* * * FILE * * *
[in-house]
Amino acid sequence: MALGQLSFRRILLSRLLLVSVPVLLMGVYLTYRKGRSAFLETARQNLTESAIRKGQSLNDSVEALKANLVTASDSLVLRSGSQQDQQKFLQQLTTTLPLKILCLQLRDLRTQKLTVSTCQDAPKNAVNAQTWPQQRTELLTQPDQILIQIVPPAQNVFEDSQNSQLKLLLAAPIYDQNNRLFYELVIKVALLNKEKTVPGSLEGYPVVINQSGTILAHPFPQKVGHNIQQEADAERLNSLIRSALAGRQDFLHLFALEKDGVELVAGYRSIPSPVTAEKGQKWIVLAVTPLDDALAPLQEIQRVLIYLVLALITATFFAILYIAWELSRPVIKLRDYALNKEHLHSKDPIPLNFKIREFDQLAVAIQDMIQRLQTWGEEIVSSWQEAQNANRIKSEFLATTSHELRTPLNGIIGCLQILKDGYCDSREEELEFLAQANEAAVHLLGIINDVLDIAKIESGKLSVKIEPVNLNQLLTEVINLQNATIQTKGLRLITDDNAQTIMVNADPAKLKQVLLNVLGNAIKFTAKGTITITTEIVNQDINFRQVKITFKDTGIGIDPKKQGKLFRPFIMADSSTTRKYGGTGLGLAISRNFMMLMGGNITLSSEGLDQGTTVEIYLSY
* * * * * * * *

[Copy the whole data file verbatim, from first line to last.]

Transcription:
[in-house]
Amino acid sequence: MALGQLSFRRILLSRLLLVSVPVLLMGVYLTYRKGRSAFLETARQNLTESAIRKGQSLNDSVEALKANLVTASDSLVLRSGSQQDQQKFLQQLTTTLPLKILCLQLRDLRTQKLTVSTCQDAPKNAVNAQTWPQQRTELLTQPDQILIQIVPPAQNVFEDSQNSQLKLLLAAPIYDQNNRLFYELVIKVALLNKEKTVPGSLEGYPVVINQSGTILAHPFPQKVGHNIQQEADAERLNSLIRSALAGRQDFLHLFALEKDGVELVAGYRSIPSPVTAEKGQKWIVLAVTPLDDALAPLQEIQRVLIYLVLALITATFFAILYIAWELSRPVIKLRDYALNKEHLHSKDPIPLNFKIREFDQLAVAIQDMIQRLQTWGEEIVSSWQEAQNANRIKSEFLATTSHELRTPLNGIIGCLQILKDGYCDSREEELEFLAQANEAAVHLLGIINDVLDIAKIESGKLSVKIEPVNLNQLLTEVINLQNATIQTKGLRLITDDNAQTIMVNADPAKLKQVLLNVLGNAIKFTAKGTITITTEIVNQDINFRQVKITFKDTGIGIDPKKQGKLFRPFIMADSSTTRKYGGTGLGLAISRNFMMLMGGNITLSSEGLDQGTTVEIYLSY